Stiff published in TTMC.

28 06 2008

Issue One of The Thinking Man’s Crumpet is now available from all good retailers (well, directly from the publisher, anyway), including my heartwarming tale of demonic cults, taxi drivers, and apocalypse.

Visit to bag your own copy. If you’re without MySpace, drop me an email and I’ll pass you the contact details.

Responses so far for Stiff include:

A story which opens with the protagonist being assaulted by an inflatable Shagging Sandie sex doll would leave some writers wondering how to follow that. You needn’t worry when Troo Topham’s on the case, in Stiff.

– Rog Pile.

Trudi Topham – Stiff: A sinister black magic cult bent on destroying the world. Their leader, Lloyd, sics an animated blow up dolly on our narrator, Dave the taxi driver, a crusader against evil who’s had that Madonna in the back of his cab and has saved the earth at least three times. But can he best the sadistic Shagging Sandie doll? Let’s hope not! Something tells me Michel Parry would love this one.

– Dem, Vault of Horror.

So there you have it! Buy it now!


Write a Doctor Who novel in six months.

14 06 2008

The lovely Lance Parkin has a challenge for you. Yes, you. Click here for the full details.

Actually, Lance’s The Eyeless blog is going to be extremely helpful for all you people looking to be writers. How do I know this? Because I do. I know these things.

The challenge is deceptively simple. You want to be a professional writer? Come on, then. Come and have a go if you think you’re hard enough.

Will I be following Lance’s challenge? No. Because I don’t have the time to write a 55,000 word Doctor Who novel for fun. But I will be following the blog, because I have a novel underway, and if I can hit the finish line by the deadline (Boxing Day) then I’ll be sorted.

So for me this is more of a “pull up your bootstraps, stop fucking around with computer games, and get back to writing” clarion call. But for you? Make it whatever you want it to be. Write that Doctor Who novel, or maybe just write something of your own.

Go on. Do it.

How to create great characters.

13 06 2008

You should know as much about your characters as they would know about themselves. Oh, sure, you don’t need that level of depth for a short story (although it’d help, if you’re really struggling), but for anything longer than 10,000 words you’d better have a really good idea of who they are, what events shaped them, how their past informs their outlook on life, and why they want whatever it is they’re after.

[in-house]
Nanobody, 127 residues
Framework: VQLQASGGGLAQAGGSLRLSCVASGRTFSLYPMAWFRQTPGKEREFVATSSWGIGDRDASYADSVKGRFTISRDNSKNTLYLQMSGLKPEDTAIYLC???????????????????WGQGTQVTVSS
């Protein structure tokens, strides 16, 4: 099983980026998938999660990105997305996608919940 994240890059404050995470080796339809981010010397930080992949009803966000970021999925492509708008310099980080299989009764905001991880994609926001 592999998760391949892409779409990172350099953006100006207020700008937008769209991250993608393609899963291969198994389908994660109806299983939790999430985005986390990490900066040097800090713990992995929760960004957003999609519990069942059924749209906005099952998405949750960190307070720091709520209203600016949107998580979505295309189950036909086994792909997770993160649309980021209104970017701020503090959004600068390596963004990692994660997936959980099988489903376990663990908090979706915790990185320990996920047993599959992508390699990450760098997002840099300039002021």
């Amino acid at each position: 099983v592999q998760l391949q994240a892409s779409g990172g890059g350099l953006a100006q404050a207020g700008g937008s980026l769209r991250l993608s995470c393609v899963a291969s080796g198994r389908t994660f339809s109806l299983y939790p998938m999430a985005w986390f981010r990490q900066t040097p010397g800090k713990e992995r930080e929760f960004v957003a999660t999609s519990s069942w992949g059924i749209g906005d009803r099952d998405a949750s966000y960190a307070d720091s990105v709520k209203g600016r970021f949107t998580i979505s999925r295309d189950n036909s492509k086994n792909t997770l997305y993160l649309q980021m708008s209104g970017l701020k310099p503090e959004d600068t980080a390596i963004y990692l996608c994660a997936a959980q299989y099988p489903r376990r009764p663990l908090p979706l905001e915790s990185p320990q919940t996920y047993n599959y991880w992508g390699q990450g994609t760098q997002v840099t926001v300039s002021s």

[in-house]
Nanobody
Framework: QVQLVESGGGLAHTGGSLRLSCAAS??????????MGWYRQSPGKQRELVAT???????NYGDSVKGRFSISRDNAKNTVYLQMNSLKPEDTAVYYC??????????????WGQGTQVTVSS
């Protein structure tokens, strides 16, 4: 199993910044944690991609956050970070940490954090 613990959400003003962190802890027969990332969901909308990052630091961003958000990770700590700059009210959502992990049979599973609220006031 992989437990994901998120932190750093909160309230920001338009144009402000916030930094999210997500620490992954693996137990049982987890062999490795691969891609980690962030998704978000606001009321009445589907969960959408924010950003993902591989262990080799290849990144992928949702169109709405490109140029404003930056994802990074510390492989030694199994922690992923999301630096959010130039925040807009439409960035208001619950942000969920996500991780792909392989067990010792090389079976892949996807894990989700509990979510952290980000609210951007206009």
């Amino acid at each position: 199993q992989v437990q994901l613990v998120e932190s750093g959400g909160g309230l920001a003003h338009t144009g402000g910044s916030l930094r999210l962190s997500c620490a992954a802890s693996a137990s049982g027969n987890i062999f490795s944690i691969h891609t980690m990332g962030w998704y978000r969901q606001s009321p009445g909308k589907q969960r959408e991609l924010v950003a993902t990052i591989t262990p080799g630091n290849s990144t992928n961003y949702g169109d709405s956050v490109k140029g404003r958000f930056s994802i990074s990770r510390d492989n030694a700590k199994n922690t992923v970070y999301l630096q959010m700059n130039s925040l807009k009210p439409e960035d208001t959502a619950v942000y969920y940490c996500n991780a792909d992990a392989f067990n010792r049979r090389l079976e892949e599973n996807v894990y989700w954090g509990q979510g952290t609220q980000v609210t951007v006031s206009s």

Two-dimensional characters often come about from an outline such as this:

David was born in 1965. He discovered he was a wizard at the age of 13, and since then has been studying really hard. He is now a really powerful wizard. He lives in San Francisco.

What? Is that it? David’s whole life revolves around him being a wizard? Has he no family, friends, rivals, enemies, pets, favourite foods, lovers, overdue books at the library, or any other influence which could turn him from a dull set of facts into a living, breathing person?

Here’s the thing. You might be writing about a powerful wizard living in San Francisco, but he’s also a human being. Well, he is for the purposes of this example. Here’s a shortish checklist of things a human being generally knows about himself:

Birthdate of himself, his parents, his siblings, long-term partners and friends.

The schools he attended.

What pets he or his friends / family had.

How popular he was at school, and whether or not he’s still in touch with school friends.

His employment history.

When and where he met his best friends and / or lovers.

Their names (usually, although it speaks volumes about a character who can’t list his lovers).

What he likes and dislikes (from food and drink, through to holiday locations, political viewpoints, and “certain kinds of people”).

Date of death of anyone important (a parent, a sibling, a best friend).


And that’s just your basic starting point for a human being. If your character is from another race, he’ll know just as much about himself, just with facts pertinent to his race’s culture – he may not know what “school” is, but his race might follow a rigid path of indentured servitude or military service, about which he’d know just as much as a human does about their school days.

And I’ll step in now, Mr. Clever Clogs: If your character is an amnesiac, you still need to know these things.

Then you layer in what makes your character stand out from the crowd. What makes him the hero, the antagonist, the ally, or the Tin Dog? What makes him get his arse off the sofa / rock / grassy knoll and get involved in a story? All this should come from the world you’ve built to set your story in (you did do that bit, right?): If your world is contemporary London with Vampires, did a Vampire kill his sister? If your world is a distant planet with spleen-sucking aliens, did he witness a spleen being sucked and get so terrified that he’s acting purely in self-defence? Has he been living a dual life, or has this taken over his life? Is he in contact with his world, or has he been removed (or removed himself) from it?